Top of the mornin’ to you all! I hope March is treating you well, and that your tax return was in your favor! Some of you may know that I work at a restaurant as the dessert chef. It’s a very part time kind of gig, and while I do cook up some very delicious desserts, it’s not super fancy or prestigious. It does allow me to be creative, as I do have free reign (within reason) to do whatever I want, and I’m getting some great experience!
I’ve been wanting to do a creme brûlée cause, let’s be honest, who doesn’t love the creamy custardy goodness complimented with that bittersweet crunch of caramelized sugar? It’s also not offered by too many restaurants around Lincoln.
With it being March and St. Patrick’s day and all, I’ve been lovin me some Bailey’s on the rocks. It’s my grandmother’s year round drink, and I’ve also acquired quite a taste for it. While brainstorming dessert ideas I decided that a creme brûlée combined with Bailey’s is just what the doctor ordered. It really is divine.
If you’ve never made creme brûlée before don’t fret! While it can be a tricky, I’m going to give you a few hints to help ensure that you have success!
- Temperature is important! Throughout the process you want to make sure you’re paying attention to the temperature of the ingredients, as well as the final product. When heating the cream mixture, you want to keep it from boiling. I wait for it to start steaming, and remove it from heat before it begins to boil. When you are mixing the cream into the eggs, you’ll want to be sure to do it slow enough so that you do not curdle the eggs. Nothing ruins creme brûlée like scrambled eggs mixed all up in your custard. This process is called tempering. You’ll want to bring the temperature of the eggs up to about the temperature of the cream before adding the whole mixture back into the pot. I do this by touch, but a thermometer would help you if you are unsure. When baking the creme brûlée, you’ll want to remove it from the oven when they reach 165-170 degrees.
- Strain the mixture before baking it. This will remove any impurities, or coagulated egg whites that snuck into the custard.
- Use a water bath. It is more work and slightly annoying but it is worth it! this will ensure even baking and prevent the bottoms and sides from browning.
- Do not disturb the baking process. I know it’s ever so tempting to take a peek at them while they’re baking, but set a timer, and lock up the oven if you must. You do not want to let the steam created from the water baths escape.
Now that you’ve got the secrets to success, it won’t be long before you have this:
Mhmm, so dreamy. This recipe is easy, and so delicious. We’ve been selling it left and right at the restaurant! Perfect recipe to impress your special someone or bff on a special occasion.
1 quart of heavy cream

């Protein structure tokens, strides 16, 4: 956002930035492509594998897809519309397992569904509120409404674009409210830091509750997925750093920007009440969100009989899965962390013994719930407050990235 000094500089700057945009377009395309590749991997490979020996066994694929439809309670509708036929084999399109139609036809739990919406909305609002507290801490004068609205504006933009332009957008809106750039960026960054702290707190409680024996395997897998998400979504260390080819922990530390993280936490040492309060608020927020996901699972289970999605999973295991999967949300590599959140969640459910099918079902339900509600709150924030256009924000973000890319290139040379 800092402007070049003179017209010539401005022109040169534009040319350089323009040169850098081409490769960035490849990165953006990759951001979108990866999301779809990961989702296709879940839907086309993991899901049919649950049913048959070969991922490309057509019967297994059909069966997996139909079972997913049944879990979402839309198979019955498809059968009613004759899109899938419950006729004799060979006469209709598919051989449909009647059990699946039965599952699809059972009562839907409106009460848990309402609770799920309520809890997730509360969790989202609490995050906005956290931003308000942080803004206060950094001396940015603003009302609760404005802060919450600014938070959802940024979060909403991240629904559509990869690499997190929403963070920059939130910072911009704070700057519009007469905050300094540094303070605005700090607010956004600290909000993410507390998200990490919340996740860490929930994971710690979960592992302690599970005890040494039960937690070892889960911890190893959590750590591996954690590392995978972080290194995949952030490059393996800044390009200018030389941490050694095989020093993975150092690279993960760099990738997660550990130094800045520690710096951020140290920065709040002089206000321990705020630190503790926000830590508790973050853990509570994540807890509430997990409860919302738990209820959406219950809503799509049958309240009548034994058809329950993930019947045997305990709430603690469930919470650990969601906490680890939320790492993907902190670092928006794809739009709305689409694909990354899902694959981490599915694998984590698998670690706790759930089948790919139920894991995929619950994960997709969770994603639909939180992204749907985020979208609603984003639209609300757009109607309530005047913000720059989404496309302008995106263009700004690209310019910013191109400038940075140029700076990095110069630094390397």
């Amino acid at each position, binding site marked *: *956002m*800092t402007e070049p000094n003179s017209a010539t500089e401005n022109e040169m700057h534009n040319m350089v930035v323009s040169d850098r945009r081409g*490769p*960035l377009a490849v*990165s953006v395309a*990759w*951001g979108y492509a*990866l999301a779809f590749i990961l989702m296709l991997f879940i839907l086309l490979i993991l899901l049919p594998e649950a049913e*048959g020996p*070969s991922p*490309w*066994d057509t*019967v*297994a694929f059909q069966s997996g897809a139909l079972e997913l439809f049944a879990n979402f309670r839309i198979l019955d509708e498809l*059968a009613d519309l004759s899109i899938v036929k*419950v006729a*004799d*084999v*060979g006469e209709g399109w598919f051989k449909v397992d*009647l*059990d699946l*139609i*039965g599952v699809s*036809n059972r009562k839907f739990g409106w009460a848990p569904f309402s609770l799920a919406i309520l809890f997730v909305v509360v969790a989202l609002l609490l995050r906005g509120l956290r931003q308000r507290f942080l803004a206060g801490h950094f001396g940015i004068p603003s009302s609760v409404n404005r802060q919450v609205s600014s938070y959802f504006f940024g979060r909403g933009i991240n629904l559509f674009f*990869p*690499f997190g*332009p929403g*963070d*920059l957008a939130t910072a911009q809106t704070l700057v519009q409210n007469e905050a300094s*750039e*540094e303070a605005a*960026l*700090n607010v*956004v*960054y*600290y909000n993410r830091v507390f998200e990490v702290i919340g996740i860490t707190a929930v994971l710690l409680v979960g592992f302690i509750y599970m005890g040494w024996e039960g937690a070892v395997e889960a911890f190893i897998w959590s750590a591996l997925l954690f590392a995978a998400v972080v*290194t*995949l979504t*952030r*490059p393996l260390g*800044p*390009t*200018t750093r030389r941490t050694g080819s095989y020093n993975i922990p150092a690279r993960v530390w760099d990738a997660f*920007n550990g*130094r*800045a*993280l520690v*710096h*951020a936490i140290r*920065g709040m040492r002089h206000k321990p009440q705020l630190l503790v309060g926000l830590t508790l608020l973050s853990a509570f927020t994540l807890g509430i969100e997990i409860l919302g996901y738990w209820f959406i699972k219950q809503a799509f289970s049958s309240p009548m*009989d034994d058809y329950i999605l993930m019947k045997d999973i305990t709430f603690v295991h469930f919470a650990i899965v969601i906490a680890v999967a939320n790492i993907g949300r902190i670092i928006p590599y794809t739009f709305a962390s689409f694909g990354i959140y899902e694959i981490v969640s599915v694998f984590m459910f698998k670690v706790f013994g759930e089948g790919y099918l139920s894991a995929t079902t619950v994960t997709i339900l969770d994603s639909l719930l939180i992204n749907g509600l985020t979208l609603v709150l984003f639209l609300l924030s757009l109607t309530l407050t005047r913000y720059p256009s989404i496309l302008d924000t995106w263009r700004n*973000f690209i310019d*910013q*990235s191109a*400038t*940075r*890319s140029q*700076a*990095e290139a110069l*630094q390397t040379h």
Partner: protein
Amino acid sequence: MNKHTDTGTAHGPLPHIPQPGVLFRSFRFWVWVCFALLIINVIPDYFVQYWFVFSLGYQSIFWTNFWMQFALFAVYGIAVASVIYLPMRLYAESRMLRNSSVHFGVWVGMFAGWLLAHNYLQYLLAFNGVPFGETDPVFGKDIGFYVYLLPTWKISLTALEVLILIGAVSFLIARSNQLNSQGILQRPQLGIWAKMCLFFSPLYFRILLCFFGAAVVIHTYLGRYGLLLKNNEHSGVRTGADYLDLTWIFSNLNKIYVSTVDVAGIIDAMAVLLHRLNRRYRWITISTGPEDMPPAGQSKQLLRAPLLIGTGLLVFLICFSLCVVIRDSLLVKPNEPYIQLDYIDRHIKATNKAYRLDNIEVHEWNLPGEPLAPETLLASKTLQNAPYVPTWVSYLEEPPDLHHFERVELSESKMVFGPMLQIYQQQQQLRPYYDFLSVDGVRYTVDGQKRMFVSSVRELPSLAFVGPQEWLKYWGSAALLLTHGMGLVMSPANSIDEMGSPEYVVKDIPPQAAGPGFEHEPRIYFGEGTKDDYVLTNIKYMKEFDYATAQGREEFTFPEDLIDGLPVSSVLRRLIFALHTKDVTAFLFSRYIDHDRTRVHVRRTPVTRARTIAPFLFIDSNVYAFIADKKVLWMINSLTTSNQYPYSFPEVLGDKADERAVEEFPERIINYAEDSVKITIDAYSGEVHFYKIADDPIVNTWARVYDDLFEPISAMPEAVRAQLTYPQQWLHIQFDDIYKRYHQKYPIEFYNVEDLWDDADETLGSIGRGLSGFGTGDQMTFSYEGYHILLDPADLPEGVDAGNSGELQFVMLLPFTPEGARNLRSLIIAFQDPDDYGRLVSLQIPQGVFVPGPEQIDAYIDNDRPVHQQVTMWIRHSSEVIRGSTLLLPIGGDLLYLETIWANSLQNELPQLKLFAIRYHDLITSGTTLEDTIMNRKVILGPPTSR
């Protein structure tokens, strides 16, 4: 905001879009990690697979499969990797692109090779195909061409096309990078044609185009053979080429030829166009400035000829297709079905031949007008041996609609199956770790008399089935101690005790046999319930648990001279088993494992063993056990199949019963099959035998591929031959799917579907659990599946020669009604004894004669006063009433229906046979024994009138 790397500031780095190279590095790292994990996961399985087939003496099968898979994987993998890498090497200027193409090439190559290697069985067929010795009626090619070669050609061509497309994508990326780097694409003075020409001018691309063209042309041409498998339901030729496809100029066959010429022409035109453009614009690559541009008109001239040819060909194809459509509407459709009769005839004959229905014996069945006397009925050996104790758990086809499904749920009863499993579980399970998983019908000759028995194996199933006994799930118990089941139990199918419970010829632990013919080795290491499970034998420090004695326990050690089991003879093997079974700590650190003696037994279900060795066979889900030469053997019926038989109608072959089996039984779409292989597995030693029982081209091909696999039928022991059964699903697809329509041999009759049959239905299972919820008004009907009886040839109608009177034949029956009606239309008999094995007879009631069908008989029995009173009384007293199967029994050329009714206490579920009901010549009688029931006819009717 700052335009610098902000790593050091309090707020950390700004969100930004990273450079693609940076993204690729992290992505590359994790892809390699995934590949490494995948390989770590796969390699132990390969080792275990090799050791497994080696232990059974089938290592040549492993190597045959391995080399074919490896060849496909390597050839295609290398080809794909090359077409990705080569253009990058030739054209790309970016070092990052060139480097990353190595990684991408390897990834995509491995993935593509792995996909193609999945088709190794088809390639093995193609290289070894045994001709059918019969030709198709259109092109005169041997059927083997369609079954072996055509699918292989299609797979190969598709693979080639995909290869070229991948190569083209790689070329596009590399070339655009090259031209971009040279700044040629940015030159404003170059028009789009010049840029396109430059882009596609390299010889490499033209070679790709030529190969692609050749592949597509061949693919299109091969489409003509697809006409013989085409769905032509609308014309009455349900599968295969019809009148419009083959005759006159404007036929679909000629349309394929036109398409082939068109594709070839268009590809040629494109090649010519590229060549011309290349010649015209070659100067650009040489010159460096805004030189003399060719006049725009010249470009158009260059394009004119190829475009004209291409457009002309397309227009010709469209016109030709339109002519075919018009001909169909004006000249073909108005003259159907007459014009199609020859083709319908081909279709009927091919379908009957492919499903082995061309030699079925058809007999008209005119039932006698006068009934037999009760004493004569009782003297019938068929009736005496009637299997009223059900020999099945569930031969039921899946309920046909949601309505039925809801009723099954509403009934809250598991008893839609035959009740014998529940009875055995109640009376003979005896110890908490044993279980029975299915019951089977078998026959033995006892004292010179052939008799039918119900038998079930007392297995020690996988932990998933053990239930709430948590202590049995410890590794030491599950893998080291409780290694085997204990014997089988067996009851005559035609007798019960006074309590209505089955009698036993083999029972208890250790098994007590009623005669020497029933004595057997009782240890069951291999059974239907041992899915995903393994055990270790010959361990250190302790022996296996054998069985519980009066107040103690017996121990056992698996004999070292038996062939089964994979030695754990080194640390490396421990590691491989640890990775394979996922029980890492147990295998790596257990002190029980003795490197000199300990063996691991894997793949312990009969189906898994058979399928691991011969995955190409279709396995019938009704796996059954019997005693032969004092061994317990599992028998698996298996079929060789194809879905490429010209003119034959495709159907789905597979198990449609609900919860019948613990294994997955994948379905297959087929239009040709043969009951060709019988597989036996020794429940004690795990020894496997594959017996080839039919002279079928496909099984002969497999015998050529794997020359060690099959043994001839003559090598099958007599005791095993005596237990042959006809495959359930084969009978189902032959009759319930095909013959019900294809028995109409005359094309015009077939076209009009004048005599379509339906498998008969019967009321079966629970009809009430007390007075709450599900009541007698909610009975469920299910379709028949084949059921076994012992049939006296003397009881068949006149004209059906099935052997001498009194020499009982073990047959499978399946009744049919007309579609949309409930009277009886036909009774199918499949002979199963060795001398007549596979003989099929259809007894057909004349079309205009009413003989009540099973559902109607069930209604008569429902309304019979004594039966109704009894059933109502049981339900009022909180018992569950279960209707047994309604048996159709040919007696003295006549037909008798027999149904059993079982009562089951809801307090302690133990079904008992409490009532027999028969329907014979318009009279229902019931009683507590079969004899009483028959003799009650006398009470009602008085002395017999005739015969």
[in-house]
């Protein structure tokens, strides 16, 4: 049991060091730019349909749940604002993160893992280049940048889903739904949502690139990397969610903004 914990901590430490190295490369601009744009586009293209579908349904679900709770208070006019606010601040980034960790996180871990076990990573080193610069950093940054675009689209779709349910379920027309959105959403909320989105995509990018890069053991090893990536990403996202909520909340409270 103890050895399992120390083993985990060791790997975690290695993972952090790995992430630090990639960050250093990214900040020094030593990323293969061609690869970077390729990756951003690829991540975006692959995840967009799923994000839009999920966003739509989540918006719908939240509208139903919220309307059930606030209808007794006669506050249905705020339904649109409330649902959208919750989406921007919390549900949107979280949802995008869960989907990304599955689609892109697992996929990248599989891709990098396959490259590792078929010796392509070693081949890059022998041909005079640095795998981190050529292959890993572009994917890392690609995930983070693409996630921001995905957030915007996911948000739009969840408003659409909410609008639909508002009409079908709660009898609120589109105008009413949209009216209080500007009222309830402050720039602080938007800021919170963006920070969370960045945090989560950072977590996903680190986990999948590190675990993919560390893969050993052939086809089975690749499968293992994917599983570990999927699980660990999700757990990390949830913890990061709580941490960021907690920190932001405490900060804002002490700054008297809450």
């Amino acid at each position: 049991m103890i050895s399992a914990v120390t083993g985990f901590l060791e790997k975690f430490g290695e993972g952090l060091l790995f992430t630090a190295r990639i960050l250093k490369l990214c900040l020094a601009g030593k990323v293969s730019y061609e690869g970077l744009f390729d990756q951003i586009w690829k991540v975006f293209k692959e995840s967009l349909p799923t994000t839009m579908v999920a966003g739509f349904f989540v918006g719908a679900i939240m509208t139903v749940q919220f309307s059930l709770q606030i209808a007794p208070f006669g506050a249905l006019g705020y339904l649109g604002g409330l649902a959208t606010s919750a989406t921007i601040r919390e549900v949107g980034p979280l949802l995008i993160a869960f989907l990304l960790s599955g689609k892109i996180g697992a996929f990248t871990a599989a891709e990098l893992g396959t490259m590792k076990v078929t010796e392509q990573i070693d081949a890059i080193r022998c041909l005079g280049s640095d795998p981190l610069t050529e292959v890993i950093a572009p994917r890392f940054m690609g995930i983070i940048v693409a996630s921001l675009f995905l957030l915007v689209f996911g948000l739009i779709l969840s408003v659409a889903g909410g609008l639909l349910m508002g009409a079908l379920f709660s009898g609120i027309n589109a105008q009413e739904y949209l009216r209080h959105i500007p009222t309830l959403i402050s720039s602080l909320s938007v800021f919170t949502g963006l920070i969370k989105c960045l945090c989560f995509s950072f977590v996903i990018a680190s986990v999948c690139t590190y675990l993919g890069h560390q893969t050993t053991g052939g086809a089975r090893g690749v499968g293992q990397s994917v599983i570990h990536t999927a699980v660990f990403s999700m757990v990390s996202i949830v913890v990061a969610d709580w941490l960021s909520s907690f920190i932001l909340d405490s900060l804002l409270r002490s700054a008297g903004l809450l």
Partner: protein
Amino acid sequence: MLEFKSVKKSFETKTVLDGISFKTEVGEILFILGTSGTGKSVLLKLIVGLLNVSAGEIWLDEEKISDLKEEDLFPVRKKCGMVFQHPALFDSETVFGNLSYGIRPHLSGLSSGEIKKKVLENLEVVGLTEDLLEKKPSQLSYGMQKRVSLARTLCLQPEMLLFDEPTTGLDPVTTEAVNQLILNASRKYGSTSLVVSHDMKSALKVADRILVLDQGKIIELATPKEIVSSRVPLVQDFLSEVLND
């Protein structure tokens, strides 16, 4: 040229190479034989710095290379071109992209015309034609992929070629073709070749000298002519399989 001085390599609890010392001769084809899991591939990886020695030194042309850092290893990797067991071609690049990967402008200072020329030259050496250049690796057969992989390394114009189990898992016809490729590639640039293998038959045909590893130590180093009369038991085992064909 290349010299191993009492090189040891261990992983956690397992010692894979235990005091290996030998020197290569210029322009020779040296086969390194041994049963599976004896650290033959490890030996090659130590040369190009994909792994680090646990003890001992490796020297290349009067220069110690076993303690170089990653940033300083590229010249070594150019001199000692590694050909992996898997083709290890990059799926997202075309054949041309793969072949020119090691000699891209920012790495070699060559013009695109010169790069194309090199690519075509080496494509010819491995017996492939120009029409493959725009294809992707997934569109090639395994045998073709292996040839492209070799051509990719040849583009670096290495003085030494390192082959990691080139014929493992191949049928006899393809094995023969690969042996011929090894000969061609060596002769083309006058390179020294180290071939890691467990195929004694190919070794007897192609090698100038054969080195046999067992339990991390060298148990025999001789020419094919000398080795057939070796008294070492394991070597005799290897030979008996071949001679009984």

1 vanilla bean, or 1 tsp vanilla extract
2/3 C sugar
7 egg yolks
3.5 ounces Bailey’s Irish Cream
1/8 tsp salt
Preheat oven to 300 degrees F.
Combine the heavy cream, sugar, and vanilla in a large saucepan. If using a vanilla bean, cut the bean in half and scrape the inside out, adding it to the cream. Put the entire bean in to allow it to steep.
In a medium sized bowl, place the separated egg yolks, Bailey’s, and salt. Whisk together until combined.
When the heavy cream mixture is steaming, remove from heat and slowly add it to the eggs while whisking at the same time. Using a ladle or measuring cup will help, and placing the bowl on a wet towel will help it from moving while you whisk. It is very important to constantly whisk to avoid egg coagulation. Add enough cream to bring the eggs up to about the same temperature as the cream-about half of the mixture is necessary.
Add the egg and cream mixture back to the saucepan and place back on heat briefly. Just long enough to bring the temperature up to steaming, then remove it.
Line a large sheet pan with towels, and place the ramekins with space between them. This recipe will make 6-8 brûlées depending on the size of your ramekins. Divide the cream mixture between the ramekins, and place the pan in the oven. Using a pitcher or large measuring cup, pour hot water carefully onto the pan to fill the space between ramekins.
Close the oven, set your timer for 35 minutes, and occupy yourself so you aren’t tempted to disturb the baking custards.
When the timer goes off, use a temperature probe to see if they are done. The temperature should be between 165 and 170 degrees Fahrenheit.
When the custards are done they should still have a bit of a jiggle to them. They need to cool completely, at minimum 4 hours in the fridge, before eating.
Of course before you serve them you need to get that delicious crunchy crust. Sprinkle a generous amount of sugar on the top of the cooled custard, and use a torch to burn (brûlée) the sugar. If you don’t have a torch, the broiler setting on the oven will work, but be sure to keep an eye on them!